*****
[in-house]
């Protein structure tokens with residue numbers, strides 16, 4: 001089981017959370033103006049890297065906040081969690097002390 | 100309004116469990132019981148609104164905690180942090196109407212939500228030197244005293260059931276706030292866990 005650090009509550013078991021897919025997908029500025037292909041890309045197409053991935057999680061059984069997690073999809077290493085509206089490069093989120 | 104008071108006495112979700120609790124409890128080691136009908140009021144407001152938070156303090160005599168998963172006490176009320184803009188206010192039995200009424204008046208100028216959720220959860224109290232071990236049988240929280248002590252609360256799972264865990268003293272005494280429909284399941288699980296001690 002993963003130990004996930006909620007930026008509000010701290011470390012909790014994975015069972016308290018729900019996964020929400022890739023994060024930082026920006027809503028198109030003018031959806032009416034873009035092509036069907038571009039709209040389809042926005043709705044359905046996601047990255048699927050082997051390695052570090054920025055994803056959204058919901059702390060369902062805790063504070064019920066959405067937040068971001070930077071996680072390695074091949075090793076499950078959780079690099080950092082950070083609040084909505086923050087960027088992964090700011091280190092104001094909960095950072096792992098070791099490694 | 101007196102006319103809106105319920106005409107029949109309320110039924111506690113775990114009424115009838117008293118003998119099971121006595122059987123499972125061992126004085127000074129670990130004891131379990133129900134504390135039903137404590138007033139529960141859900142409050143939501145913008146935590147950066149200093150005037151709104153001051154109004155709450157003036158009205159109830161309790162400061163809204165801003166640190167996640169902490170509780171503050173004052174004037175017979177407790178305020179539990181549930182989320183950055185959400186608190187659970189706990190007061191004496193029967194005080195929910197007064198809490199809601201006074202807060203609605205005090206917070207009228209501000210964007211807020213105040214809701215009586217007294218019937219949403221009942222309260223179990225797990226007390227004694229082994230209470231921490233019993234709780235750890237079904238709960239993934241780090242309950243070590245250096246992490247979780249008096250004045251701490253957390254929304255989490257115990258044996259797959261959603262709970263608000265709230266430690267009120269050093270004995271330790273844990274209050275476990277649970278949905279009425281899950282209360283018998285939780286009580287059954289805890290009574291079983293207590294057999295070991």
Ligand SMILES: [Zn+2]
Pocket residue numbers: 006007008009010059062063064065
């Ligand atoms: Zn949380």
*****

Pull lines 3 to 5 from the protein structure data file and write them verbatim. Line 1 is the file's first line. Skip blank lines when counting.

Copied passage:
Ligand SMILES: [Zn+2]
Pocket residue numbers: 006007008009010059062063064065
């Ligand atoms: Zn949380």